faulty logic, even for good, is still faulty

So Alex Halderman and team hacked the DC Internet Voting pilot. The voting system they attacked was not particularly well secured, and the type of attack used is a fairly simple web input corruption attack with little novelty. This hack, however, performs a very useful task: educating election officials and the public about what hacks against an Internet Voting System look like.

What happens next is going to be very interesting. The folks who have been fighting hard against Internet Voting should be careful not to use the same faulty logic they’ve been criticizing for years. When the discussion was about paper was electronic voting machines, some election officials said “well, *I*’ve never seen anything go wrong, show me an example!” And the answer we, computer security specialists, gave was some variation of “how do you know nothing went wrong?” or, in the words of Dijkstra, “Program testing can be used to show the presence of bugs, but never to show their absence.”

What reasoning applies, then, when we do find a bug? We are faced with an effective attack against a specific Internet Voting system. It’s easy to get carried away… Verified Voting just declared the Dangers of Internet Voting confirmed saying:

we have a visceral demonstration of just how serious the threats really are.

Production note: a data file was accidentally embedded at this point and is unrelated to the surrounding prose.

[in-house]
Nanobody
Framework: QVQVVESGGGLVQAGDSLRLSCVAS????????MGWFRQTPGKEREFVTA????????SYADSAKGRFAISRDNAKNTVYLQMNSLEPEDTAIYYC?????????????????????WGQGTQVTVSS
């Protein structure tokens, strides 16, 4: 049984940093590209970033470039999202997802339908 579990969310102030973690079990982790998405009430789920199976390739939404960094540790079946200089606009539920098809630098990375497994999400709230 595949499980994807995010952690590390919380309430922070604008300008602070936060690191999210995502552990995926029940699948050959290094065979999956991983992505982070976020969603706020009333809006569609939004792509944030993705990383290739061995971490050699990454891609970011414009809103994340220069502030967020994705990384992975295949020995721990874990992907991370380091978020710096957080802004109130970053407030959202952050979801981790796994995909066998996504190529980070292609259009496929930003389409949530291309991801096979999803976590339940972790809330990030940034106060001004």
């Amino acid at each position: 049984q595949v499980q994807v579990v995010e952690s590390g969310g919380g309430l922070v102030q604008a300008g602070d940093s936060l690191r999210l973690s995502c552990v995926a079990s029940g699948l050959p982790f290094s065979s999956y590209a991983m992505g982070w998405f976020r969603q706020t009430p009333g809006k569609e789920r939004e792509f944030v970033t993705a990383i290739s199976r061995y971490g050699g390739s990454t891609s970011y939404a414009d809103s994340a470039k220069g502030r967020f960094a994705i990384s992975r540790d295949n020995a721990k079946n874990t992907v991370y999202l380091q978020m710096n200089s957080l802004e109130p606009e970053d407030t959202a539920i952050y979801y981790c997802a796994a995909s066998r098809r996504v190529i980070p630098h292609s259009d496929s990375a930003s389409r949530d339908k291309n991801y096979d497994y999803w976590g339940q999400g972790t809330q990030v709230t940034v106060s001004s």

yes, so far I agree,…

But do legislators and election officials fully understand what Dr. Halderman’s team has taught us? We’ve been given a lesson on how easy it is for attackers to penetrate and control not just this system, but any Internet voting system.

Ummm, no. That’s incorrect reasoning. Remember the important question: how do you know? We know that this system in question is insecure. But we have no proof that all Internet Voting systems are insecure. This is the same faulty logic of inappropriate generalization we accused the election officials of only months ago!

Now, once again, I need to clarify: I agree that Internet Voting for high-stakes elections is deeply problematic, and I’m against it. Interestingly, I don’t think this server-penetration hack represents the inherent problem with Internet Voting, because, given sufficient work, we could probably secure a voting server. The core problem is that end-users’ computers can’t be secured, making it possible to defraud the election even if the server is very secure. But whatever I think, and whatever everyone else thinks, this particular hack does not prove anything about the security of all Internet Voting systems in general.

If we, as security professionals, attempt to leverage and over-generalize this one incident, we’re just as guilty of overlooking sound security reasoning to push a particular agenda, exactly what we saw some election officials doing in 2004-2006 with electronic voting machines. In the long run, this greatly undermines scientifically-based arguments against Internet Voting. The ends do not justify the means.

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